That said, some of the physical signs and behavioral changes that are commonly observed in dying Poodles include:
Lack Of Coordination
As with humans, dying Poodles typically tend to lose body coordination as they near the end of their lifespans. This loss of body coordination typically manifests as clumsy behavior and the Poodle will find it more difficult to move around normally.
If you notice an increase in the frequency of excretory accidents in your aged Poodle, then it may be that such a Pooch is finding it hard to control its bowels. Incontinence typically marks the beginning of the end for an aged Poodle, and it is one of the more common indicators that the Poodle is nearing the end of its life.
Loss Of Appetite
Poodles aren’t particularly zealous when it comes to food, and when your aged pooch begins eating less frequently than usual, it can be a sign that the Fido is about to die.
Lethargy And Loss Of Interest
When an aged Poodle starts losing interest in the things that once used to pique its interest, and begins spending more time in solitude, then it may be that death is lurking.
Lethargic displays in dying Poodles can include a refusal to budge when called to play and declining invitations to go on walks.
Other observable signs that a Poodle is dying may include:
- Irregular breathing
- Changes in gum color
- Decrease in body temperature
- Twitching or shaking
NOTE: The majority of the symptoms listed above are general and often associated with the presence of other illnesses, and not necessarily death. If you notice any of these signs in a younger Poodle, you should book an appointment with your vet for a thorough medical diagnosis, as it may be that the pooch is suffering from a treatable illness.
How To Take Better Care Of Your Poodle?
The Poodle is a high-energy dog breed that needs lots of exercising to stay physically fit and mentally stimulated.
Puppy Poodles typically don’t require a whole lot of exercising as their bodies may not be able to cope with the physical exertion. However, as a Poodle grows older, its exercise needs increase, and by the time this pooch is one year and above, it will need no less than sixty minutes of exercise per day to stay physically fit.
As a general rule of thumb, Poodles should be exercised 5 minutes per day for each month of age.
One or two brisk walks provide adequate daily exercise for a Poodle, but this should be complemented with purposeful play games such as fetch and tug of war and the provision of interactive toys for the pooch. Poodles are also great swimmers, and this can provide a great form of exercise for the pooch.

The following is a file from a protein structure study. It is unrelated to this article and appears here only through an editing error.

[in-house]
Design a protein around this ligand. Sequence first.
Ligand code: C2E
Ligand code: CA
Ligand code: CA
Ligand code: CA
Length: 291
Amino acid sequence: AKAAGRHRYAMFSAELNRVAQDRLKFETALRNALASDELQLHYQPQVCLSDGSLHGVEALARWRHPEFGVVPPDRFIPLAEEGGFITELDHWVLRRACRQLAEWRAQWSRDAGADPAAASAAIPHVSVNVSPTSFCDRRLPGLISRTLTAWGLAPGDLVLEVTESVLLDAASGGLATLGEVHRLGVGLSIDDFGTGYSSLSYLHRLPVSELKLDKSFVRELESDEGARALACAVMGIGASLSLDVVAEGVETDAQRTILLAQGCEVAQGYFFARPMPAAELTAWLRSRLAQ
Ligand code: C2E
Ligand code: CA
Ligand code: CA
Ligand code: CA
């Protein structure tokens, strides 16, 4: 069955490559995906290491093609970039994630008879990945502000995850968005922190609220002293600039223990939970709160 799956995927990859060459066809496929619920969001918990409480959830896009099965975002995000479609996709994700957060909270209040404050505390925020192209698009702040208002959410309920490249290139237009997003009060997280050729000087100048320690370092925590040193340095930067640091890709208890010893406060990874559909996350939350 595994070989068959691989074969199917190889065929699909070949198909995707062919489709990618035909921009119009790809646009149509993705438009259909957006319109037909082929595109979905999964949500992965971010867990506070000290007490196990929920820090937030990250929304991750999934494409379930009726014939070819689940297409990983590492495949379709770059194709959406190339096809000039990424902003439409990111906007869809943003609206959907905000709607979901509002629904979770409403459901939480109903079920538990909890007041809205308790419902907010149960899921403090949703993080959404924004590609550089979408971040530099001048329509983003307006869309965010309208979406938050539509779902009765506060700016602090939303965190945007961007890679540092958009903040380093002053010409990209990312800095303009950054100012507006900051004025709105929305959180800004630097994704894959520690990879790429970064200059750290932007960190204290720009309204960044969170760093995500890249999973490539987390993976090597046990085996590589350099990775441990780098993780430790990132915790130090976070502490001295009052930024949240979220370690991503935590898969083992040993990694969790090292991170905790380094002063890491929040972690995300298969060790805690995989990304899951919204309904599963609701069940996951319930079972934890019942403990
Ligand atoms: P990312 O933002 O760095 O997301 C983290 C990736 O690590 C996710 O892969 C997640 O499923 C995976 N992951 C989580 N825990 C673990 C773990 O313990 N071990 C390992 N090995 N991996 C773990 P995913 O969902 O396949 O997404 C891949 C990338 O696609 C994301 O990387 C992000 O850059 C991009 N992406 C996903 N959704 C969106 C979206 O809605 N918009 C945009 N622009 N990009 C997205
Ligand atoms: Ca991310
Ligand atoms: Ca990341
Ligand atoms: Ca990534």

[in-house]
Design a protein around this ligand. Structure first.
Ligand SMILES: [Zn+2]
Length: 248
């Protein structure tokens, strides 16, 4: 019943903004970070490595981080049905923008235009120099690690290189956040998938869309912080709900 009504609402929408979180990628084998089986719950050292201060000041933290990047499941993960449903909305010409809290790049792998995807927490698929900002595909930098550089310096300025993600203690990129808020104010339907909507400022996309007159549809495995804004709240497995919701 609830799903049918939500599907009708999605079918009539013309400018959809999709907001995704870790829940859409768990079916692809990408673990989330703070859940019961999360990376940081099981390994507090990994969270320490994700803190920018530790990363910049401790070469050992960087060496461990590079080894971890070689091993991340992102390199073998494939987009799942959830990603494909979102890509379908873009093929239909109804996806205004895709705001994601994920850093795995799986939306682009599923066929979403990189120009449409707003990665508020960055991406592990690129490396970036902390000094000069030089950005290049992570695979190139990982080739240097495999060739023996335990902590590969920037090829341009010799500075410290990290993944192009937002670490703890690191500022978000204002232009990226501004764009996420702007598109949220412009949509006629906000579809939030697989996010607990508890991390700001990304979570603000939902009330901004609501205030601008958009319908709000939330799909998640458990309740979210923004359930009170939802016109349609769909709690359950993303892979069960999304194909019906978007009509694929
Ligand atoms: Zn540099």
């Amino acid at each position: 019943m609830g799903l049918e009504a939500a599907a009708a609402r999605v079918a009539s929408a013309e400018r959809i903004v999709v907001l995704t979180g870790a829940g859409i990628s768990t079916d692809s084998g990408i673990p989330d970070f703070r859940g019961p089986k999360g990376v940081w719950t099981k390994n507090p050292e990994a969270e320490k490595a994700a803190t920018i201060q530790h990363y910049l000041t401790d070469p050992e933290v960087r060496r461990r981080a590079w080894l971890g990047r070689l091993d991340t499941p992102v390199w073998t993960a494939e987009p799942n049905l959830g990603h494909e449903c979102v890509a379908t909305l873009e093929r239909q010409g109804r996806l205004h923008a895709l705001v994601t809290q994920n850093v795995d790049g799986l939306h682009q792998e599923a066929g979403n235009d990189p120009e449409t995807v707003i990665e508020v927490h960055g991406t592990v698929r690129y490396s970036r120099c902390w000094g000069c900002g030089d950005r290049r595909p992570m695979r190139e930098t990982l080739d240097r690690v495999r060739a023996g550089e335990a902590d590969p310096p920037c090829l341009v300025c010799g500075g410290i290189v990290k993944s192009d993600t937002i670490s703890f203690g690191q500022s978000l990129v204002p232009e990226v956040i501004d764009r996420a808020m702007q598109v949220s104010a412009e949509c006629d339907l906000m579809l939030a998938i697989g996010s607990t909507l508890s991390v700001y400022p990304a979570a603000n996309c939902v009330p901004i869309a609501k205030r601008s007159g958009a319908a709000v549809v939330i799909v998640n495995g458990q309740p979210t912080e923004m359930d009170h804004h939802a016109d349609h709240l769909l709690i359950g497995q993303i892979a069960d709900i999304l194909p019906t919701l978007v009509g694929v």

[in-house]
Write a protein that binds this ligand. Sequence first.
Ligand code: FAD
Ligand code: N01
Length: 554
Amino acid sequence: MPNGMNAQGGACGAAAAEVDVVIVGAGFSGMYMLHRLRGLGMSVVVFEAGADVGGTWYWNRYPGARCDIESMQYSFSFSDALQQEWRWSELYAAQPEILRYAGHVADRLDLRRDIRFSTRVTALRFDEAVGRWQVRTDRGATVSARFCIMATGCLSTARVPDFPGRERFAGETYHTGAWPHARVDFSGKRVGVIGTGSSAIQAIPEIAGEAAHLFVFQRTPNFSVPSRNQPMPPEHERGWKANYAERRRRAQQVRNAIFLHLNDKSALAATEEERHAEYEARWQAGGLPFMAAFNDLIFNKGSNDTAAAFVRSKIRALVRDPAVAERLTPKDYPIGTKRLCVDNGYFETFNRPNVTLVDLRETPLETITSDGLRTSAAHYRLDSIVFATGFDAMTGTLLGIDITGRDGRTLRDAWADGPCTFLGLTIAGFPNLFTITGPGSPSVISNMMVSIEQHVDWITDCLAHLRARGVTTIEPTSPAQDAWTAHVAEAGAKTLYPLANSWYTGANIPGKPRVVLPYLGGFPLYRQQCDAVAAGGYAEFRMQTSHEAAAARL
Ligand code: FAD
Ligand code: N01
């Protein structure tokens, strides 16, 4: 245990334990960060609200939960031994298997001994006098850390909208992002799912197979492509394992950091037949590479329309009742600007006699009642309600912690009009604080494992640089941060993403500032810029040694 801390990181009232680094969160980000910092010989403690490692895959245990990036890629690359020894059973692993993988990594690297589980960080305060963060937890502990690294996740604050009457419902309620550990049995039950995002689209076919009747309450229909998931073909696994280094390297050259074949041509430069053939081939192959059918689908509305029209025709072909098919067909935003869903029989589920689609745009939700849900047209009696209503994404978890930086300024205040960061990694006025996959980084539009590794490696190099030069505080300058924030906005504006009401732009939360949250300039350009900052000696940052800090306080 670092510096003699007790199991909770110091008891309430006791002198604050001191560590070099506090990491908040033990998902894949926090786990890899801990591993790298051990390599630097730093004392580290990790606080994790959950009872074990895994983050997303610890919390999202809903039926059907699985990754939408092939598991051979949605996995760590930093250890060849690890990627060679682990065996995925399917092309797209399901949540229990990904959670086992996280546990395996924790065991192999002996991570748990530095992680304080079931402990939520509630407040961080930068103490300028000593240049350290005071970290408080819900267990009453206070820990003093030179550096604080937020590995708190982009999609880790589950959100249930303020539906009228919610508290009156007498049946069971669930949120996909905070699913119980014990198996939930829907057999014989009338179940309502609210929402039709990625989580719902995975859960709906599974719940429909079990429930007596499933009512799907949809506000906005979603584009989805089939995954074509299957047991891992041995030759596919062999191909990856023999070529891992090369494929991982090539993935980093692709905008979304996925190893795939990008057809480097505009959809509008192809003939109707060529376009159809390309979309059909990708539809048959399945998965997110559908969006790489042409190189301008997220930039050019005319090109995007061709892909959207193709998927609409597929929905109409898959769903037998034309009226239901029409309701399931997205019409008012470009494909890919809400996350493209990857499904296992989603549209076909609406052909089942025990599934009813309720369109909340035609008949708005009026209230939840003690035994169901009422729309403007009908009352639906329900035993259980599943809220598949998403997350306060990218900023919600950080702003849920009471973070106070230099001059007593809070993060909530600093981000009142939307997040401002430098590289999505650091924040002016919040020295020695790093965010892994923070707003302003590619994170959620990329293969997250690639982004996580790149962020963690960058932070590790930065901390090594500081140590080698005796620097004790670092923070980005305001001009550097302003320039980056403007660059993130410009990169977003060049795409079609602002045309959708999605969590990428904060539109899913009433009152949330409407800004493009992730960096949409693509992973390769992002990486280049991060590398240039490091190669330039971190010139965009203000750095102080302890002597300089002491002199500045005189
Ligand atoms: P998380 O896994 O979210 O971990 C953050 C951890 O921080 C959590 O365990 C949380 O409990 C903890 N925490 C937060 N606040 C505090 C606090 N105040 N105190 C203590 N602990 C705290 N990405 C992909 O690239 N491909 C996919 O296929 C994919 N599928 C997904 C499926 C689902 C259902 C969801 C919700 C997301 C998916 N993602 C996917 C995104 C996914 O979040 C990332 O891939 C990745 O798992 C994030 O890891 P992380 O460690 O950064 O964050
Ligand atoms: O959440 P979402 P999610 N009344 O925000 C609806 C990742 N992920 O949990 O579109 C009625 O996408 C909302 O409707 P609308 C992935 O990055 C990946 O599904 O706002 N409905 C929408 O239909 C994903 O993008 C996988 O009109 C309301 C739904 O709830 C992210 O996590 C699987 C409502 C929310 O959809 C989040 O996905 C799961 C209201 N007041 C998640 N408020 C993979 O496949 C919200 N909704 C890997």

Puzzle toys should be provided to keep a Poodle mentally stimulated, and as the Poodle is very intelligent, you can also teach new tricks and commands.
As inferred earlier, Poodles are quite energetic; Hence, they require a diet rich in proteins and fats to meet and sustain their energy requirements.
When picking a food for your Poodle, select one that lists a whole meat, such as lamb, chicken, or beef as the first ingredient on the label. Food ingredients are typically listed on labels in order of declining weight; Hence, a whole meat ingredient being listed first typically indicates that such a diet is rich in protein.
Poodles do well with dry kibble, but if your preferred option is high-quality wet dog food, then we strongly recommend you go for the Pet Plate meal plan.
Pet Plate offers a highly balanced and nutritious diet that facilitates proper development in Poodle dogs. Additionally, Pet Plate meals are formulated with ingredients that dogs love eating, and with the Poodle’s reputation for being a rather picky eater, you will find this quite helpful.
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Water is crucial in the physical development and health of a Poodle. And this pooch should always have easy access to clean and fresh water. It can also help to invest in dental water additives to maintain great oral hygiene in the poodle.
What Foods Are Poodles Allergic To?
As we’ve mentioned earlier, Poodles are allergic to various food substances. And to avoid triggering reactions in your Poodle, it is best that you familiarize yourself with food substances that the pooch is allergic to and eliminate them from its diet.
That said, some of the food substances that are commonly known to trigger allergic reactions in Poodles include fish, lamb, dairy, wheat, egg, corn, and even beef. It is also quite possible for a Poodle to be allergic to two or more of these food substances at the same time.
How Long Do Poodle Mixes Live? A Poodle dog is expected to live for between 12 to 15 years, while a Poodle Mix is likely to live longer, between 14 to 16 years. Poodle mixes are healthier than their purebred counterparts as the prevailing ailments in Poodles do not usually get carried over in the offspring of the mixed breed. That isn’t to say the purebred Poodle doesn’t live long, and with proper care, this pooch will match its mixed brothers in longevity.
Which Size Poodle Is The Healthiest? Poodles generally come in three size variations – standard, miniature, and toy. That said, the Standard Poodles, which typically weigh between 40 to 55 lbs and stand over 15 inches tall, are generally considered to be the healthiest of the bunch. Toy Poodles, on the other hand, are ranked as the unhealthiest.
Do Poodles Get Fat? Poodles, like most other dog breeds, are predisposed to obesity and can get fat if care isn’t taken. And while owners must be strict about feeding their Poodles, this dog breed isn’t known to overeat, and its predisposition to obesity is more of a genetic problem.